What is Financial Distress and How to Overcome It? – Detailed

Financial Distress: You must have heard a number of times about situations like Financial Distress faced by various organizations. Some organizations couldn’t survive that and that led to their insolvency,

Raju Choudhary

What is Financial Distress

Financial Distress: You must have heard a number of times about situations like Financial Distress faced by various organizations. Some organizations couldn’t survive that and that led to their insolvency, while others came up with some other source of finance and somehow managed to survive.

Let us first study what is Financial Distress; and how it leads to insolvency and then let us learn about some sources of financing apart from the traditional modes of Equity and Debt.

Financial Distress and Insolvency

If cash inflows are inadequate, the firm will face difficulties in the payment of interest and repayment of principal. If the situation continues for a long time, there might come a day when the firm would face pressure from creditors for payments.

The firm would find itself in a tight spot. Investors would not invest further. Creditors would recall their loans. Capital market would heavily discount its securities. Thus, the firm would find itself in a situation called distress.

Generally, insolvency occurs subsequent to a period of financial distress. Many a times, if financial distress is identified in time and remedial action is taken, the possibility of insolvency can be completely avoided.

Insolvency by contrast, is a decision which the business chooses to take to relieve itself from excess debt burden. It is a decision where the firm decides to sell its assets to discharge its obligations to outsiders at prices below their economic values i.e., resort to distress sale. So when the sale proceeds are inadequate to meet the outside liabilities, the firm is said to have failed or become bankrupt and after due processes of law are gone through, it might turn out to be insolvent. Must Read Basics of Financial Management.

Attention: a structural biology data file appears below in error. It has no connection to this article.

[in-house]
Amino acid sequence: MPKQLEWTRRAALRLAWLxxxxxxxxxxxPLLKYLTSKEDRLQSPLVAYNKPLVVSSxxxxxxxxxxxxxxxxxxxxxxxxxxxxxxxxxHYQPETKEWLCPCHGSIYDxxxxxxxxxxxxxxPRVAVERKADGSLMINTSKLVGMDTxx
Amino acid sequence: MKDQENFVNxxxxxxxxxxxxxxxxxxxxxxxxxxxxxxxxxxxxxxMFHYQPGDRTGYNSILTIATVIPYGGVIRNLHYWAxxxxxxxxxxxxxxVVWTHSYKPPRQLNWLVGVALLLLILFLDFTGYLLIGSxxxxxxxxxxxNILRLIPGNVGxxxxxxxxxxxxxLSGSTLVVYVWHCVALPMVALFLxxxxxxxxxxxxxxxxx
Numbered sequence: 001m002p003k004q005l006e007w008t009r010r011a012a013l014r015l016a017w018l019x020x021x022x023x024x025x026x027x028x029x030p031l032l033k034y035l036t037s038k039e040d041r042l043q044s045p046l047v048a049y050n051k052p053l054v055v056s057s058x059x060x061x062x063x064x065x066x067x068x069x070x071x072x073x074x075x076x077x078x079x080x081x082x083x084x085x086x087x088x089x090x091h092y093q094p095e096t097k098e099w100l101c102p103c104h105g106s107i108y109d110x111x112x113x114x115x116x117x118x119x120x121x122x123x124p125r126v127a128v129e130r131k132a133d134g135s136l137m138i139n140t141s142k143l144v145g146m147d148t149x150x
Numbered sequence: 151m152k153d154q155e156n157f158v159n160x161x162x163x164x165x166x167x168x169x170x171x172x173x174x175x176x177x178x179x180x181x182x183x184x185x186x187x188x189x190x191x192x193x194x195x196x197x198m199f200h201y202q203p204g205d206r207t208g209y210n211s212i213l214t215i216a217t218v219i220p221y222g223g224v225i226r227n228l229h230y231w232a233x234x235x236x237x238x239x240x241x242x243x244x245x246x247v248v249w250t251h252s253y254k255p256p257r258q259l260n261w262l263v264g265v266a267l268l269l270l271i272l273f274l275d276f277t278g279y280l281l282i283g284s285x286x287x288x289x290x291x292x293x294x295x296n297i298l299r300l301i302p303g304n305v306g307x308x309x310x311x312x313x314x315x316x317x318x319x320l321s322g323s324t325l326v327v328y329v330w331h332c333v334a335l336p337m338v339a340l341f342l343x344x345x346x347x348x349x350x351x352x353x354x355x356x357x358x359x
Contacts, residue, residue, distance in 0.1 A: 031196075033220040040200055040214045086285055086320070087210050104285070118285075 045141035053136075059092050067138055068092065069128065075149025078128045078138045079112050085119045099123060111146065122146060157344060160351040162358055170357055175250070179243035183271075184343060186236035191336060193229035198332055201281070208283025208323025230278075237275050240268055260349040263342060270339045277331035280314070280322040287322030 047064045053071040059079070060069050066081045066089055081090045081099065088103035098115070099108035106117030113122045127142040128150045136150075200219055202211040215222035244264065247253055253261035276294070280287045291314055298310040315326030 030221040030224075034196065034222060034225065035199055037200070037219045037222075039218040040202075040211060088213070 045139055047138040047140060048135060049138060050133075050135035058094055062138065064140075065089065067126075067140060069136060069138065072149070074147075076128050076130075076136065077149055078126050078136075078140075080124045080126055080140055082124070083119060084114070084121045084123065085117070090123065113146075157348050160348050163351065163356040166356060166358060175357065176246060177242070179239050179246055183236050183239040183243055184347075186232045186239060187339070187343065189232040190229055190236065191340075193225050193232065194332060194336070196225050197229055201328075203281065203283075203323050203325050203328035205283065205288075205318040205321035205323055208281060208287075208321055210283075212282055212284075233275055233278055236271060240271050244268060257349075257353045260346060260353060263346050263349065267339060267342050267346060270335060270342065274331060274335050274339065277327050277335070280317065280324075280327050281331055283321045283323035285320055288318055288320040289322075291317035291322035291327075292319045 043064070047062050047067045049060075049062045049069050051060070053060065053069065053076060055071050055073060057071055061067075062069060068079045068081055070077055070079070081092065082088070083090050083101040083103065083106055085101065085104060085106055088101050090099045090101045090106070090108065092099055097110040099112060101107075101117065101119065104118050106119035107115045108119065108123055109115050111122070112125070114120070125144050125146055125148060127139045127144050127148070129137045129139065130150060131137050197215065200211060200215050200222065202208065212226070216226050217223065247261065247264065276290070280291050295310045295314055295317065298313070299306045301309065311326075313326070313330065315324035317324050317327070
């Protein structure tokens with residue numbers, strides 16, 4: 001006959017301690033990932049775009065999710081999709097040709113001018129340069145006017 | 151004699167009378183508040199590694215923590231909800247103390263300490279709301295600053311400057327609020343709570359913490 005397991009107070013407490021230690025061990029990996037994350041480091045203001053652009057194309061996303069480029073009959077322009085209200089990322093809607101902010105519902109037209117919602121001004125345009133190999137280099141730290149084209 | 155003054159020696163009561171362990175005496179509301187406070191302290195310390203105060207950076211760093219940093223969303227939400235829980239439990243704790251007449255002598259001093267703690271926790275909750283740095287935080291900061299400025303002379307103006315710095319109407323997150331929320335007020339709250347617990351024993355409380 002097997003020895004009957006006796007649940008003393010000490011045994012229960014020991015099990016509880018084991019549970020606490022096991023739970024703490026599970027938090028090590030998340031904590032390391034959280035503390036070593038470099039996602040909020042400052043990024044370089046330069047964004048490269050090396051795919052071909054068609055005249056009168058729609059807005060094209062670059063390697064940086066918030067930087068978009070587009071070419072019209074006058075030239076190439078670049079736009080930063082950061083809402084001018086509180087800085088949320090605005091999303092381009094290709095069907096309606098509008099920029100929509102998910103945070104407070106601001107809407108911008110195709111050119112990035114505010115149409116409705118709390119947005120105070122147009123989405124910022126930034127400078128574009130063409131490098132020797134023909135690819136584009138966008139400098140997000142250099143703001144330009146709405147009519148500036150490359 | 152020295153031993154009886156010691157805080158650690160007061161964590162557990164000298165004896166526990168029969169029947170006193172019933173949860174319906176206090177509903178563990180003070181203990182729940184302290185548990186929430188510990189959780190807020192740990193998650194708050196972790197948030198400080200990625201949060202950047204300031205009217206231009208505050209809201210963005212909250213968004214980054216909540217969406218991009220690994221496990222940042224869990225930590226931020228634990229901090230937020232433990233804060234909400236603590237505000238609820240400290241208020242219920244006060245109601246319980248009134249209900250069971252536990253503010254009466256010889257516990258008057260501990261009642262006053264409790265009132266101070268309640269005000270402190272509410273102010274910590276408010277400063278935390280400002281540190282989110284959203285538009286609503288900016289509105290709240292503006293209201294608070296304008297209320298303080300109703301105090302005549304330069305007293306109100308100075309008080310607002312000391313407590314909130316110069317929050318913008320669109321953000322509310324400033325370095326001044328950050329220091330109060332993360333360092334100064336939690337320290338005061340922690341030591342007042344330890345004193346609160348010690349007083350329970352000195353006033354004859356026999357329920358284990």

Some New FinancialInstruments:

Apart from the traditional debt and equity financing, there are other ways too through which the organizations can raise funds. Let us understand a few new and emerging financial instruments.

Option Bonds:

This instrument covers those cumulative and non-cumulative bonds where interest is payable on maturity or periodically and redemption premium is offered to attract investors.

Dual Convertible Bonds:

A dual convertible bond is convertible into equity shares or fixed interest rate debentures/ preference shares at the option of the lender. The fixed interest rate debenture may have certain additional features including higher rate of interest distinct from the original debt instrument

Deep Discount Bonds:

IDBI and SIDBI had issued this instrument. For a deep discount price of Rs. 2,700/- in IDBI the investor got a bond with the face value of Rs. 1,00,000/-. The bond appreciates to its face value over the maturity period of 25 years. Alternatively, the investor can withdraw from the investment periodically after 5 years. The deep discount bond is considered a safe, solid and liquid instrument.

Commercial Paper:

It is a short-term money market instrument. It is kind of an unsecured promissory note. Its maturity period is between 3 – 6 months. It is readily used to arrange funds for a shorter term.

Factoring:

It is a technique in which the financial intermediary bears the credit risk for the collection of debts from debts.

Forfaiting:

It is a technique in which the Forfaitor discounts an export bill and pays ready cash to the exporter. It is similar to discounting of a Bill, except for one condition; here the bill is always an Export Bill.

By resorting to any of the modes mentioned above, funds can be raised by the organizations.

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